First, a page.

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Inflammatory biomarkers associated with lethal Rift Valley fever encephalitis in the Lewis rat model

By Amy L. Caroline, Amy L. Caroline, Michael R. Kujawa, Michael R. Kujawa, Tim eOury, Douglas S Reed, Douglas S Reed and Amy L. Hartman and Amy L. Hartman


Rift Valley Fever (RVF) is an emerging viral disease that causes significant human and veterinary illness in Africa and the Arabian Peninsula. Encephalitis is one of the severe complications arising from RVF virus (RVFV) infection of people, and the pathogenesis of this form of RVF is completely unknown. We use a novel reproducible encephalitic disease model in rats to identify biomarkers of lethal infection. Lewis rats were infected with RVFV strain ZH501 by aerosol exposure, then sacrificed daily to determine the course of infection and evaluation of clinical, virological, and immunological parameters. Weight loss, fever, and clinical signs occurred during the last 1 – 2 days prior to death. Prior to onset of clinical indications of disease, rats displayed marked granulocytosis and thrombocytopenia. In addition, high levels of inflammatory chemokines (MCP-1, MCS-F, Gro/KC, RANTES, and IL-1β) were detected first in serum (3-5 dpi) followed by brain (5-7 dpi). The results of this study are consistent with clinical data from human RVF patients and validate Lewis rats as an appropriate small animal model for RVF encephalitis. The biomarkers we identified here will be useful in future studies evaluating the efficacy of novel vaccines and therapeutics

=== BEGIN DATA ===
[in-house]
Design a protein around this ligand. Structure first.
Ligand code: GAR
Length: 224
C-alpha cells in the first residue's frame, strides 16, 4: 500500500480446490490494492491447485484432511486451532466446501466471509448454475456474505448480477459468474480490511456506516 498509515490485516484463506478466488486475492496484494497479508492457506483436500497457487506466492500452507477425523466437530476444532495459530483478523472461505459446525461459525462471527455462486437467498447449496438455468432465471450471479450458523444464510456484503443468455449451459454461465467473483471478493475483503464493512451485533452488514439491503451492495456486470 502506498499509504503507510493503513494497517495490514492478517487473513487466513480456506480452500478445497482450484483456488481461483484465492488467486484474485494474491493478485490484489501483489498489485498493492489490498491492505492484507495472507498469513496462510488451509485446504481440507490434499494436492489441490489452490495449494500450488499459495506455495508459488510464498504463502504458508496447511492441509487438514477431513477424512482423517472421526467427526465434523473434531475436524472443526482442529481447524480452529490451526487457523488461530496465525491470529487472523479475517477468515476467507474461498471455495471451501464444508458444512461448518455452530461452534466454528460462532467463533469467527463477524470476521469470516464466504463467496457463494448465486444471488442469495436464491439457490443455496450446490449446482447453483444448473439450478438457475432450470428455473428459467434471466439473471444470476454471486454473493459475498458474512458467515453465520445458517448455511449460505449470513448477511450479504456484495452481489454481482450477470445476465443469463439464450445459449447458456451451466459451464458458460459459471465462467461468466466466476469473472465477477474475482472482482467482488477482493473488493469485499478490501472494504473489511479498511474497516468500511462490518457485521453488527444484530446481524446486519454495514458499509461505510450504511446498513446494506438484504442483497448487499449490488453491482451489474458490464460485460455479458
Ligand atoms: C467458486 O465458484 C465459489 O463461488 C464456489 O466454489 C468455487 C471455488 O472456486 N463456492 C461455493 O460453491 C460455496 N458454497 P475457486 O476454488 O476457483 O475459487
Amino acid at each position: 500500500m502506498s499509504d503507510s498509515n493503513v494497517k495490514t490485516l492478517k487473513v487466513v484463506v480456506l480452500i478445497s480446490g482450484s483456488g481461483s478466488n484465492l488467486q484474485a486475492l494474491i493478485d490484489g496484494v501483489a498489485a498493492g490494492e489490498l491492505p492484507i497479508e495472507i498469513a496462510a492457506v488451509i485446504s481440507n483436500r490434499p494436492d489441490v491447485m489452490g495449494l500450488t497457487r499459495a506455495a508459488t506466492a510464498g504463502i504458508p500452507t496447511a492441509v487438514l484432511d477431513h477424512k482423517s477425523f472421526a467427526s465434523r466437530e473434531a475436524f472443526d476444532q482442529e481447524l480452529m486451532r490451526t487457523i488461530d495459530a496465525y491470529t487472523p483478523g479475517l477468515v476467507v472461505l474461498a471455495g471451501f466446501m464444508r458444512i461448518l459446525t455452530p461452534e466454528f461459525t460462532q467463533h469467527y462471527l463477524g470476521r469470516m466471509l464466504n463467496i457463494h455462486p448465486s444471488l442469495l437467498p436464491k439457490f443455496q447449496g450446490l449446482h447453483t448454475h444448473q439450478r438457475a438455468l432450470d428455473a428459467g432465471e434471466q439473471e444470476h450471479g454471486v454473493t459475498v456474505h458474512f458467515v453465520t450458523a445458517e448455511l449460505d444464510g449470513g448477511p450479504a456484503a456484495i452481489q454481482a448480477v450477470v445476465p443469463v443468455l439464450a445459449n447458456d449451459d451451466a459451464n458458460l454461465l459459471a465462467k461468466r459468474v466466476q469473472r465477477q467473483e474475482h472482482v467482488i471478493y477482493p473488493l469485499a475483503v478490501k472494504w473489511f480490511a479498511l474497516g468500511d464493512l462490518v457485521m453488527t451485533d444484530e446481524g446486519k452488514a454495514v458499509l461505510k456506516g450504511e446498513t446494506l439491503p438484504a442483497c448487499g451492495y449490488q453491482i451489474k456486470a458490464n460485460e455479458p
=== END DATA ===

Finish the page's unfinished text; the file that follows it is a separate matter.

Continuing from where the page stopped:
Topics: Rift Valley fever virus, Viral Encephalitis, Neurological Disease, aerosol exposure, respiratory infection, Microbiology, QR1-502
Publisher: Frontiers Media S.A.
Year: 2016
DOI identifier: 10.3389/fmicb.2015.01509
OAI identifier: oai:doaj.org/article:b296bc53db27482bb022c7a275cef09d
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